With the carrier John F. Kennedy in the background, a sailor salutes during the call to colors shortly before the ship's decommissioning ceremony March 23 at Naval Station Mayport, Fla. (M. Scott Mahaskey / Staff)
Rear Adm. (ret.) Earl P. Yates, the first commanding officer of the carrier John F. Kennedy, on March 23, autographs a copy of the first cruise book from the ship's first deployment. Yates was talking to former Bill Freitas of Santa Maria, Calif., who was a young aviation ordnanceman on the first cruise. (Mark D. Faram / Staff)
Scores of present day and former Kennedy sailors and their families gather March 23 to witness the decommissioning ceremony of the carrier John F. Kennedy at Naval Station Mayport, Fla. (M. Scott Mahaskey / Staff)
Commanding Officer of the USS John F. Kennedy Capt. Todd Zecchin salutes as he is piped over the side for the final time moments after the ship was decommissioned in a ceremony at Mayport Naval Station, Fla. (Mark D. Faram / Staff)
NAVAL STATION MAYPORT, Fla. — And then she was gone.
After nearly 39 years of service, the aircraft carrier John F. Kennedy was decommissioned the morning of March 23 at Naval Station Mayport.
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"In my judgment, the legacy of this ship is the role she played in winning the Cold War," said Adm. John B. Nathman, commander of the Navy's Fleet Forces Command and himself a naval aviator. "This ship sent a powerful message to the Soviet Union and made them quit ... You have served with honor and distinction, and I thank you."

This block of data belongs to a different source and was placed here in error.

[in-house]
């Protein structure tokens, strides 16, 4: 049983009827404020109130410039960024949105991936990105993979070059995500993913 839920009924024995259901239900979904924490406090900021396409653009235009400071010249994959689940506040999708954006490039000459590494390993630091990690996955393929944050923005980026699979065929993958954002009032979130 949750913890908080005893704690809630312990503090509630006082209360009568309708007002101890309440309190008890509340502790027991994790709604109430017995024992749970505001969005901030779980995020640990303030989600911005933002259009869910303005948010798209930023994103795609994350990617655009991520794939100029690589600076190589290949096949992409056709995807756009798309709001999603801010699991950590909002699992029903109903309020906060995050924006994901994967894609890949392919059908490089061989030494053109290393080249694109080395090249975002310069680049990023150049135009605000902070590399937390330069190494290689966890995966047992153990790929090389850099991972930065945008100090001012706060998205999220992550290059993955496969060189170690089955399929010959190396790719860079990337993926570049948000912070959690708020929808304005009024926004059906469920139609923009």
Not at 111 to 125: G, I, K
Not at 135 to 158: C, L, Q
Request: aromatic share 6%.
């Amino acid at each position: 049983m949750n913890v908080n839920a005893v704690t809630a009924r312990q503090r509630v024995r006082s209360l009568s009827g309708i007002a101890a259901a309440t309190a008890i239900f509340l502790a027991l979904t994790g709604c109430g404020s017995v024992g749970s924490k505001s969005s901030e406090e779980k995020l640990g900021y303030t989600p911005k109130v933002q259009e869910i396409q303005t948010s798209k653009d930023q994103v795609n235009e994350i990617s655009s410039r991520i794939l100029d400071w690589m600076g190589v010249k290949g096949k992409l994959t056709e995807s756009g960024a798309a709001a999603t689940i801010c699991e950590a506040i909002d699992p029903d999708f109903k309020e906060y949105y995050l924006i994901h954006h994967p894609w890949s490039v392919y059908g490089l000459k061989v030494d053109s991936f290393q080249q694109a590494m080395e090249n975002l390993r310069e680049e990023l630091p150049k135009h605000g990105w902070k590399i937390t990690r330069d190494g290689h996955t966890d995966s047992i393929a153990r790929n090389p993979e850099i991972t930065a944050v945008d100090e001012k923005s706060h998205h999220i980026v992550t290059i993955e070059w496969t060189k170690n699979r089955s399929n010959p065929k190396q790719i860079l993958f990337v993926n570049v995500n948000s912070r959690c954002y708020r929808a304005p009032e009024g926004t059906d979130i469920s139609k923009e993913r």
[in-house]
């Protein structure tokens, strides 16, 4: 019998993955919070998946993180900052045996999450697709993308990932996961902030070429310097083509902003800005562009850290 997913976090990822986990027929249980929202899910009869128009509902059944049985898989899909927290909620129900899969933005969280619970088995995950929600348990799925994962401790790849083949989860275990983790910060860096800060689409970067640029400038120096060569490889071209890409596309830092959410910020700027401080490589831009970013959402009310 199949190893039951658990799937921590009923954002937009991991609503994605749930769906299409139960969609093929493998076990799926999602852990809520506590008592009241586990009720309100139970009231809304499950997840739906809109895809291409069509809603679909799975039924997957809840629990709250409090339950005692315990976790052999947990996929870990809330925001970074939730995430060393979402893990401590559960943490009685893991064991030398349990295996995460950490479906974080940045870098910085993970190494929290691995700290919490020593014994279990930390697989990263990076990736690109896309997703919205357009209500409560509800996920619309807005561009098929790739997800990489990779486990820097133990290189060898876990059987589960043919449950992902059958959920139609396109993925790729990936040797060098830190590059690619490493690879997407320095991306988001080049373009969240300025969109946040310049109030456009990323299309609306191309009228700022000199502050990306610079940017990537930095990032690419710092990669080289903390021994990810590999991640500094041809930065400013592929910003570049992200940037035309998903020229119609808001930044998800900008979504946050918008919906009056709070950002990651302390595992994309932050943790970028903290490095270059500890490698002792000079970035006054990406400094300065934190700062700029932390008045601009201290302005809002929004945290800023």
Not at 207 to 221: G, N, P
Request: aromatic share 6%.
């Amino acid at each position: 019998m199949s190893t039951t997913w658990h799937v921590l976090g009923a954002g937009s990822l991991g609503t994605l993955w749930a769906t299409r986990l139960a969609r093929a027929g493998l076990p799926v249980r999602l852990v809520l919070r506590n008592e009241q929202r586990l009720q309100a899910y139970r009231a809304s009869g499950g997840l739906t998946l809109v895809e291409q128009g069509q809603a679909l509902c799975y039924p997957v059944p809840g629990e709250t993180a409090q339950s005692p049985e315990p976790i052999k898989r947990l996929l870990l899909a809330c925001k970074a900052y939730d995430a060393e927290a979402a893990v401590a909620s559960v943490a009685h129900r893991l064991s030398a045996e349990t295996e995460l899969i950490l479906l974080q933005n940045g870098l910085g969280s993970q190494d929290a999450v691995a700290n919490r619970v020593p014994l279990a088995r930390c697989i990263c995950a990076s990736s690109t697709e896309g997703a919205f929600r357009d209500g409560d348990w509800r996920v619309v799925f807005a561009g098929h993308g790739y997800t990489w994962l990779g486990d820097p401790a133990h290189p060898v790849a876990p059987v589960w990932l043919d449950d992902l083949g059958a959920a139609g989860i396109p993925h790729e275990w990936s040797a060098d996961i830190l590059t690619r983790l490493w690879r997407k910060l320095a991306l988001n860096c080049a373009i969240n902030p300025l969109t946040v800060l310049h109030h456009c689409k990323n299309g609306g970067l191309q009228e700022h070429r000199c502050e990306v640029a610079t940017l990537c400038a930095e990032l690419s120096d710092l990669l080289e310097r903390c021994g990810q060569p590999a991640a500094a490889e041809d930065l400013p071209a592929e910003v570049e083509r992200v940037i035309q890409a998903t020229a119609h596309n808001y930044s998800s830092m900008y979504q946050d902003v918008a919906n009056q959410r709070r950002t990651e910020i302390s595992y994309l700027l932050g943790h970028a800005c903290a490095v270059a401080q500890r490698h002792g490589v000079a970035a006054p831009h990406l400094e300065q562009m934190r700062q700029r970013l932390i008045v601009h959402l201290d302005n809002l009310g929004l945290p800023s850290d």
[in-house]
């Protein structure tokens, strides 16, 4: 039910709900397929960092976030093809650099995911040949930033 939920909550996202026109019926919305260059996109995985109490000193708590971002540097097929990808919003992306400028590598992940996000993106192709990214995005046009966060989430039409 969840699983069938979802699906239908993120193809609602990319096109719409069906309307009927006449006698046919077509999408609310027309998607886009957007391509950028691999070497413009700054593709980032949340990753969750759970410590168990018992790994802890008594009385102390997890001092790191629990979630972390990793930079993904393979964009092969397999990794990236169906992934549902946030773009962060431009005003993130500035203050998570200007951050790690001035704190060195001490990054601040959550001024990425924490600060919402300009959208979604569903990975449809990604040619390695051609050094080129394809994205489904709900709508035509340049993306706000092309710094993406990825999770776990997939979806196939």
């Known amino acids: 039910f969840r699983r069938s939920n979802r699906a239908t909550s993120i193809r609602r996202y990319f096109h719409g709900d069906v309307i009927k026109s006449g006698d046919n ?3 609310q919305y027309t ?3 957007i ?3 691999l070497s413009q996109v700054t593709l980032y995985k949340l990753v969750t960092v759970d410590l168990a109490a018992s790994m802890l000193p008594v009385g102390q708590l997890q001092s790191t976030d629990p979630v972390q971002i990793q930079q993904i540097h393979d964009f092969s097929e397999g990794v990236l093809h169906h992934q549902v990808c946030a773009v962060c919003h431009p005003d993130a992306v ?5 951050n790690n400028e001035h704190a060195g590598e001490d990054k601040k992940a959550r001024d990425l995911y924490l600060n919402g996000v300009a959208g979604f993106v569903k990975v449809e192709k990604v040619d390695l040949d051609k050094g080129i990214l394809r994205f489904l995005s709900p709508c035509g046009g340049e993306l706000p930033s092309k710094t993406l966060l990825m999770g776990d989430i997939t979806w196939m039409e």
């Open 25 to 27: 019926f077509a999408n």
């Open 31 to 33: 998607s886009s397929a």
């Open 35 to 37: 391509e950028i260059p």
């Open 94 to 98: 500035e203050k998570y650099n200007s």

Nathman recounted how the ship had also fought in Lebanon in 1983 and was the first aircraft carrier to arrive in the Persian Gulf during Operation Desert Shield and stayed to play a major part in Desert Storm.
Its final combat cruise took JFK again to the Persian Gulf, where its aircraft flew strikes against the Taliban in Afghanistan and finished up supporting the Marines during their November 2004 fight against insurgents in Fallujah, Iraq.
But the Kennedy will live on not only in the hearts and minds of former skippers and crew, but its in-port cabin, designed by Jacqueline Kennedy and outfitted by her with Kennedy family artifacts.
"It's a one-of-a-kind captain's in-port cabin," said retired Vice Adm. Gerry Hoewing, a former Kennedy skipper who now heads the Naval Aviation Museum Foundation in Pensacola, Fla. "We have just gotten the word that we will be preserving that as an exhibit at the museum in Pensacola."
For most of the crew, past and present, who showed up for the ceremony, the event was a farewell to a ship that played an important part in their lives.
"This is it, and I wouldn't have missed this day for the world," said Kent Vermeer, who was a lowly airman apprentice on JFK's commissioning day, Sept. 6, 1968.
He was just 18, one of the youngest members of the crew, when he was called upon to help cut the commissioning cake, he said.
"I still have that plate, autographed by Jackie, Ted and all the Kennedys," he told Rear Adm. (ret.) Earl P. Yates, now in his late 80s, who was the ship's first skipper.
"Wow, how time has flown," Yates told members of his commissioning crew. "You fellas were just kids back then."